Harry, the number 51,229 comes from the IG report. It supposedly includes “food facilities that were subject to inspection and in business from the start of FY 2004 until the end of FY 2008.” And the IG report covered only domestic food facilities.
    Just using round figures, about 2,500 FDA staff are inspecting about 15,000 facilities a year, or about six per employee. Inspections often involve teams being in the facility for days or weeks. But six is a number FDA might have a hard time explaining to the incoming Congress.

  • http://www.healthyfoodcoalition.org Harry Hamil

    The article states, “By contrast, FDA in FY 2010 had no more than 2,505 inspectors to cover 51,229 food facilities that fall under its regulatory authority.”
    What is the source of the “51,229″ figure?
    According to the FDA (http://www.fda.gov/Food/GuidanceComplianceRegulatoryInformation/RegistrationofFoodFacilities/ucm175995.htm), “As of July 15, 2009, FDA had received 382,866 registrations, of which 226,373 are foreign facilities and 156,493 are domestic facilities.” Which ones are free from inspection? Dr. Hamburg’s 10-22-09 written testimony to the Senate HELP Committee addressed the issue of foreign facilities and estimated the number at approximately 230,000. She stated the FDA would rely on inspection by its counterparts in other countries and desired language in the FSMA authorizing the use of accredited third party inspectors.
    The articles states, “FDA has managed to obtain budget authority to hire and train 339 additional inspectors since FT 2009, but, by some estimates, will need a couple thousand more to do the job set out in S. 510, the FDA Food Safety and Modernization Act.”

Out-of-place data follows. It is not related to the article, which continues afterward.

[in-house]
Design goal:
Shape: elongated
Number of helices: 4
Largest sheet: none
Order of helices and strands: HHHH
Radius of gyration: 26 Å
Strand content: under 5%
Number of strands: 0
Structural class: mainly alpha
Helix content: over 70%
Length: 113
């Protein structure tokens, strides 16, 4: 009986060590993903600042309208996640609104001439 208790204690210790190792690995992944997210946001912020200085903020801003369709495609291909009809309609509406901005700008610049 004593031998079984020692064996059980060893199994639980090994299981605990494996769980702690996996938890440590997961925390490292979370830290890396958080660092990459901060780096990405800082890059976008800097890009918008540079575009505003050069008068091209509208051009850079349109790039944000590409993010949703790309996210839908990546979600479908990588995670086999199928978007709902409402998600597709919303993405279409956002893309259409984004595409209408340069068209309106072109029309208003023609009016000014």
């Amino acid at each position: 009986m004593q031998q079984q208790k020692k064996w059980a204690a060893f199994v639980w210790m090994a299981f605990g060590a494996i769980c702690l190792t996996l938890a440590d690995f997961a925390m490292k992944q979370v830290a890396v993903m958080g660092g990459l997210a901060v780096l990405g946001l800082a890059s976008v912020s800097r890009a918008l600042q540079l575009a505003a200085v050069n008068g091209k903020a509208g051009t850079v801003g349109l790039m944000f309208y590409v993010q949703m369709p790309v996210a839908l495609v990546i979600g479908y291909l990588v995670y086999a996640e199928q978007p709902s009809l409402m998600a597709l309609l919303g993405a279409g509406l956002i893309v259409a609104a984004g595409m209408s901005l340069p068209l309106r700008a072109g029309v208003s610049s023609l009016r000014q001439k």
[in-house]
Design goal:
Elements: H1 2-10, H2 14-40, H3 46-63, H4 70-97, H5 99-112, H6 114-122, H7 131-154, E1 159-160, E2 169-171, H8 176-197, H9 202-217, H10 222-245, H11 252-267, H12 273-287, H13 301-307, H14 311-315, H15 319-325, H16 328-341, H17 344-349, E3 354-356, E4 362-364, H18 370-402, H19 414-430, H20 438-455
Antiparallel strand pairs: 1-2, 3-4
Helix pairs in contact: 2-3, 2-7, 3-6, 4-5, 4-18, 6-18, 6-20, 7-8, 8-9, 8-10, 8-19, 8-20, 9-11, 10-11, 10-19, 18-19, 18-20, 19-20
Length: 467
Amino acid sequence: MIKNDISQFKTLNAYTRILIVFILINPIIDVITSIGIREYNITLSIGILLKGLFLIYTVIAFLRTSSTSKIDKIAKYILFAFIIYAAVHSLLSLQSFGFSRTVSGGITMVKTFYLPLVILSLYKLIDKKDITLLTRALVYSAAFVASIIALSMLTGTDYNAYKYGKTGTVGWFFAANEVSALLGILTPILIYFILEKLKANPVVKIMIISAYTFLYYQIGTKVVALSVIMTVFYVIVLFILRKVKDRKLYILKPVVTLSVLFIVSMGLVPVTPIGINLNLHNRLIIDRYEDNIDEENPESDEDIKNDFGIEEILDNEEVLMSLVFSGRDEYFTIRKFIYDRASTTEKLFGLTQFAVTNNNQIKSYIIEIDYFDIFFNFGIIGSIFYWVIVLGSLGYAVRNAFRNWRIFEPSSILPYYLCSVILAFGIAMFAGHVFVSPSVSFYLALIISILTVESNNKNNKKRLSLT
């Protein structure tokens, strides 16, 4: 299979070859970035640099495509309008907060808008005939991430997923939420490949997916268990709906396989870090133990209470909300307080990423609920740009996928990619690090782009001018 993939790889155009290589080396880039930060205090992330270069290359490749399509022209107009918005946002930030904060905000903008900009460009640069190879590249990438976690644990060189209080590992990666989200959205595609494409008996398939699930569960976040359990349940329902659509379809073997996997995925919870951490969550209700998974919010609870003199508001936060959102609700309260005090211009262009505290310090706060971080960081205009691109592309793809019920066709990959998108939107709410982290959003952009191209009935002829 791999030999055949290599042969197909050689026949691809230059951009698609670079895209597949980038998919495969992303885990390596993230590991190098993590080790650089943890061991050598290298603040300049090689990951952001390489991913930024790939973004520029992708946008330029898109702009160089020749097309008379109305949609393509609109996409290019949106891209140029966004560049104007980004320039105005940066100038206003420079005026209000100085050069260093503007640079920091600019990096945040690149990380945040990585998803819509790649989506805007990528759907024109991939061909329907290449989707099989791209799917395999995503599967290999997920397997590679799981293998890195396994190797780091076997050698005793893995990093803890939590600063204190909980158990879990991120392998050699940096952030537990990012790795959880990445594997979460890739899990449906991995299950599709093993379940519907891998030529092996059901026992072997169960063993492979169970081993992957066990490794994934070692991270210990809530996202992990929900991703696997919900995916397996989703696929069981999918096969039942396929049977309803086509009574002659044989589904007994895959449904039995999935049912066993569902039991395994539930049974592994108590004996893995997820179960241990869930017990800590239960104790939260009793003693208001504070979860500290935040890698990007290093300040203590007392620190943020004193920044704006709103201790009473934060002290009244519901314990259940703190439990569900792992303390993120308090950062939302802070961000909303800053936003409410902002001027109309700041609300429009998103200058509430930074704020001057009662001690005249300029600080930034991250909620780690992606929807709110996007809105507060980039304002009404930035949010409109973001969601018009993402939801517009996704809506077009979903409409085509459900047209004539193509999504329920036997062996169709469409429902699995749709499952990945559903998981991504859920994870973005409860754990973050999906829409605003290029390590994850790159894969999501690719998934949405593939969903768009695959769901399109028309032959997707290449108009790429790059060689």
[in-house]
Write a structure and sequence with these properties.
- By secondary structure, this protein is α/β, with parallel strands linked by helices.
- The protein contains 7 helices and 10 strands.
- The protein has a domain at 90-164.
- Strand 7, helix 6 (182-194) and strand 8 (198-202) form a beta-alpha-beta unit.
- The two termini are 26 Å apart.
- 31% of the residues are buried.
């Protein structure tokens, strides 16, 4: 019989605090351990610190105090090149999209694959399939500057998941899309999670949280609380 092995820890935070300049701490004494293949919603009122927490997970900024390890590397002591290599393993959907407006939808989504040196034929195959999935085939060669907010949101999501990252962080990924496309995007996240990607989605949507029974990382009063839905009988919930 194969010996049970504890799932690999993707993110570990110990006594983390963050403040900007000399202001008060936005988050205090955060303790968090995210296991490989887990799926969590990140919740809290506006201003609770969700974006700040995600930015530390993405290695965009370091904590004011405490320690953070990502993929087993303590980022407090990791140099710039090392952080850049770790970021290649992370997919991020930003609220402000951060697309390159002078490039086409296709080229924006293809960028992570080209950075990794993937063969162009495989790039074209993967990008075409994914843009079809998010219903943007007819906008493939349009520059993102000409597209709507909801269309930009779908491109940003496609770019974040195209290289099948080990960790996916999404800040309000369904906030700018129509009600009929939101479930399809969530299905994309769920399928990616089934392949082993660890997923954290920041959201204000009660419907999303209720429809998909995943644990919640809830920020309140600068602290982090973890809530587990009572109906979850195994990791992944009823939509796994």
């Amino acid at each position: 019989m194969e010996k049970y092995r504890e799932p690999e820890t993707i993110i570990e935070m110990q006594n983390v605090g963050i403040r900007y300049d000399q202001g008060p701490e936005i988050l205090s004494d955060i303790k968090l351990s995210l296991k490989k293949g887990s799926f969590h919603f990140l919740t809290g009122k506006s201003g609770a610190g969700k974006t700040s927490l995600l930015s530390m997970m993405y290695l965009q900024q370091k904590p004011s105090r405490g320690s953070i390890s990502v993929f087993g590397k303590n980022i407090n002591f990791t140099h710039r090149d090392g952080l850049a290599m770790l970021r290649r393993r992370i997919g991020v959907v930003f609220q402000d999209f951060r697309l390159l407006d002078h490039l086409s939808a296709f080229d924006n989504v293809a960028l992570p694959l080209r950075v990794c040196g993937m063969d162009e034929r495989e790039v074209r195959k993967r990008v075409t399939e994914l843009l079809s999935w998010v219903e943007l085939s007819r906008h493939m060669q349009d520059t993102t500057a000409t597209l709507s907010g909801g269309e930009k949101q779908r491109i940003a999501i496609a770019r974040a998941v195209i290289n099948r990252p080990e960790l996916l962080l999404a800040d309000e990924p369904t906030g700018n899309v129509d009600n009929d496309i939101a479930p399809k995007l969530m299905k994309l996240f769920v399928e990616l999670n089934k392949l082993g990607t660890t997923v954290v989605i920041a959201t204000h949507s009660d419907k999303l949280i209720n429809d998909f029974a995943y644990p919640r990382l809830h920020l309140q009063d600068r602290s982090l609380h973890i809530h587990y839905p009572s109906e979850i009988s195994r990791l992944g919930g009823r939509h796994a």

I suggest that you listen to FDA Commissioner Hamburg’s actual testimony (not her submitted written comments) to the Senate HELP Committee on 10-22-09. As I recall, she estimated only a very small number of facilities inspected per inspector. In addition, I suggest you review the GAO report for numbers of actual inspections made.
    Unless the FDA becomes astonishingly more efficient, the number of inspectors needed will be extraordinary. The clear underestimation of this cost by the CBO got almost no comment.
    In addition, you make no mention of the number of inspectors needed to assure compliance with the new Sec. 419 Standards for Produce Safety of the FFDCA created by the FSMA.
    Will the failure of the advocates for the FSMA to accurately estimate its cost be a top story of 2010?

  • Dan Flynn

    Harry, the number 51,229 comes from the IG report. It supposedly includes “food facilities that were subject to inspection and in business from the start of FY 2004 until the end of FY 2008.” And the IG report covered only domestic food facilities.
    Just using round figures, about 2,500 FDA staff are inspecting about 15,000 facilities a year, or about six per employee. Inspections often involve teams being in the facility for days or weeks. But six is a number FDA might have a hard time explaining to the incoming Congress.